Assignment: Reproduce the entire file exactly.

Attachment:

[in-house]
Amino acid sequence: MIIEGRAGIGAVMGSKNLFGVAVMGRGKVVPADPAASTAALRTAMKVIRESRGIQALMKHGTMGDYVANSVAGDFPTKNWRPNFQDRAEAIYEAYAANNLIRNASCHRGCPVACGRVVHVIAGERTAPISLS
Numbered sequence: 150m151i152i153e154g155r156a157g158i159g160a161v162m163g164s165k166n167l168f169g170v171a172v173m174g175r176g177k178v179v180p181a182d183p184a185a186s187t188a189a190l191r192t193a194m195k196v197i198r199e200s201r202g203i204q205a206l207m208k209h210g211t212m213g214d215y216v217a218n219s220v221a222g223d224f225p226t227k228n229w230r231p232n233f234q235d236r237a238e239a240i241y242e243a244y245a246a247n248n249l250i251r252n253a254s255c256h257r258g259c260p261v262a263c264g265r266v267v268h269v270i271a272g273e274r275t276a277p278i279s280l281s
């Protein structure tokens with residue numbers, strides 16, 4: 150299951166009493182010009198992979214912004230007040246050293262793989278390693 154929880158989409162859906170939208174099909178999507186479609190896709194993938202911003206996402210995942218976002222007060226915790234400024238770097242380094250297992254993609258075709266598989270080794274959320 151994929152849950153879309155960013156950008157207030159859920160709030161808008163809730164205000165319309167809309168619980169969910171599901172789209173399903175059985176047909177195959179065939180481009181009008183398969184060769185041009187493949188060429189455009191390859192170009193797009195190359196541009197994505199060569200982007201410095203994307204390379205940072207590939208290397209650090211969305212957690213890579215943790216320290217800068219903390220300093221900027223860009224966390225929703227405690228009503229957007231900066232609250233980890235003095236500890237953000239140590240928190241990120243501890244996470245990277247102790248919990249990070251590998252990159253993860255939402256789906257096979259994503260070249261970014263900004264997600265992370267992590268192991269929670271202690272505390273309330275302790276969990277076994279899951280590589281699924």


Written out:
[in-house]
Amino acid sequence: MIIEGRAGIGAVMGSKNLFGVAVMGRGKVVPADPAASTAALRTAMKVIRESRGIQALMKHGTMGDYVANSVAGDFPTKNWRPNFQDRAEAIYEAYAANNLIRNASCHRGCPVACGRVVHVIAGERTAPISLS
Numbered sequence: 150m151i152i153e154g155r156a157g158i159g160a161v162m163g164s165k166n167l168f169g170v171a172v173m174g175r176g177k178v179v180p181a182d183p184a185a186s187t188a189a190l191r192t193a194m195k196v197i198r199e200s201r202g203i204q205a206l207m208k209h210g211t212m213g214d215y216v217a218n219s220v221a222g223d224f225p226t227k228n229w230r231p232n233f234q235d236r237a238e239a240i241y242e243a244y245a246a247n248n249l250i251r252n253a254s255c256h257r258g259c260p261v262a263c264g265r266v267v268h269v270i271a272g273e274r275t276a277p278i279s280l281s
């Protein structure tokens with residue numbers, strides 16, 4: 150299951166009493182010009198992979214912004230007040246050293262793989278390693 154929880158989409162859906170939208174099909178999507186479609190896709194993938202911003206996402210995942218976002222007060226915790234400024238770097242380094250297992254993609258075709266598989270080794274959320 151994929152849950153879309155960013156950008157207030159859920160709030161808008163809730164205000165319309167809309168619980169969910171599901172789209173399903175059985176047909177195959179065939180481009181009008183398969184060769185041009187493949188060429189455009191390859192170009193797009195190359196541009197994505199060569200982007201410095203994307204390379205940072207590939208290397209650090211969305212957690213890579215943790216320290217800068219903390220300093221900027223860009224966390225929703227405690228009503229957007231900066232609250233980890235003095236500890237953000239140590240928190241990120243501890244996470245990277247102790248919990249990070251590998252990159253993860255939402256789906257096979259994503260070249261970014263900004264997600265992370267992590268192991269929670271202690272505390273309330275302790276969990277076994279899951280590589281699924």